The “randomness” of the powers isn’t well executed, though, as it’s never fully utilized to create a sense of surprise or suspense. While the visuals of the drugs taking effect on the body are cool and set up the powers well, they also spoil what powers we’re going to be seeing and make it less surprising when the powers come out to play. Characters also seemed unafraid of swallowing the pill, so the danger of them possibly exploding or even overdosing fades quickly. Eventually, the whole concept of people taking the pills starts to lose its luster because the consequences start to seem minimal and even when a tragic moment seems to appear in the film’s final moments, but is wiped away all too easily.
The overall story isn’t much better as it features the same kind of government corruption that we’ve seen in films like The First Purge and once the curtain is peeled back on the pills, there’s no real interesting answers worth exploring. The film’s main antagonist isn’t fleshed out at all so there’s nothing too compelling about what Frank, Art (Jamie Foxx), and Robin (Dominique Fishback) are fighting against. Even their whole plan for moving the pills across the U.S. isn’t all that new or exciting and it’s one of weakest elements of the whole film. The information we learn behind the power pills is also kind of bland and the kind animal genetic ideas we’ve seen before and aren’t given any kind of additional details to make it unique. The script also needs a strong punch-up as it just utilizes recycled comic and action lines that drag down the great concept and even has Gordon-Levitt do a lifeless Clint Eastwood impression.
Frankly, if this film didn’t have fun characters and a solid leading trio, it would really just be an interesting concept. Thankfully though, these three have great chemistry with one another and each take on likeable characters with compelling motivations and mindsets to make them stand out. Foxx continues to prove himself as likeable charmer as Art, a drifter with a mysterious backstory that connects to the power pills showing up in New Orleans, and makes his desperation for his hidden motivations very compelling. Gordon-Levitt is also a lot of fun as Frank with him being a genuine street cop, Saints jersey in all, and gives some life to the generic lines he’s given. Frankly, these two are the kind of heroes you root for the whole way and they make it a lot of fun to be there with their lively performances.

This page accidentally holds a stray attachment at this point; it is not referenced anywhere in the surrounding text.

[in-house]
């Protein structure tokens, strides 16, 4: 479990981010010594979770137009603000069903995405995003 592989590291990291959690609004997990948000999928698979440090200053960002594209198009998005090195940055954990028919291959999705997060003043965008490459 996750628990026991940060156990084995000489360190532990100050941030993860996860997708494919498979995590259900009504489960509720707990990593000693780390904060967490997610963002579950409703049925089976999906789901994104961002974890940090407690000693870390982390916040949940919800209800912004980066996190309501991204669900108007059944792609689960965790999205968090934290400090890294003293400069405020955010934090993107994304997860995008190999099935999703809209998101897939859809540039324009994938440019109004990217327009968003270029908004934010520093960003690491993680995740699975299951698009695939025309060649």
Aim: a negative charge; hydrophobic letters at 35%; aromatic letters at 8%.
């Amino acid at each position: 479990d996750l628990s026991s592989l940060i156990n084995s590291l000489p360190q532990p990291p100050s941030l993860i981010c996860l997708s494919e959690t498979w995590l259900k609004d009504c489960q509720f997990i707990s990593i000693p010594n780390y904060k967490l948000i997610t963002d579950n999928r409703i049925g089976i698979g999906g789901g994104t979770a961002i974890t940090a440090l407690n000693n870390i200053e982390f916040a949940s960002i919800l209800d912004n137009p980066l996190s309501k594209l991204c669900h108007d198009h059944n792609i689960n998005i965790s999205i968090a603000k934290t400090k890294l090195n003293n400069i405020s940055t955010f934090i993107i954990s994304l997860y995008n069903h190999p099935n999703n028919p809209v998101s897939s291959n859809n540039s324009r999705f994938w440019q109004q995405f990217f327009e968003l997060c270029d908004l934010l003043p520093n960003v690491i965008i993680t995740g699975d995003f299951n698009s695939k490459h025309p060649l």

The big standout of the trio is really Fishback as she makes Robin, a teenage drug dealer, charismatic and capable. While she may never take a pill or gain any powers of her own, there’s a deep strength within her that’s slowly brought out throughout the film. Her desires to help her ailing mother any way possible, regardless of legality, makes her instantly admirable and the way that she never easily believes what she’s told shows her capabilities. Not to mention, Fishback spits bars like a boss and her rap sequences are easily some of the best moments in the film as she’s just too irresistibly awesome in these moments to hate. It’s definitely a strong showing of her wide range of talents and I’m keeping my fingers cross that we’ll get to see more of her in the future – maybe even a future sequel to this.
Project Power boasts a powerful concept and characters that are visually intriguing and compelling enough to make for a solid watch, but are hindered by a lackluster story and poorly executed aspects that drag down some of the film’s ideas. Personally, there’s still plenty to explore with the world Project Power sets up and it wouldn’t be surprising for Netflix to take advantage of it through a sequel or spinoff series that this film totally earns.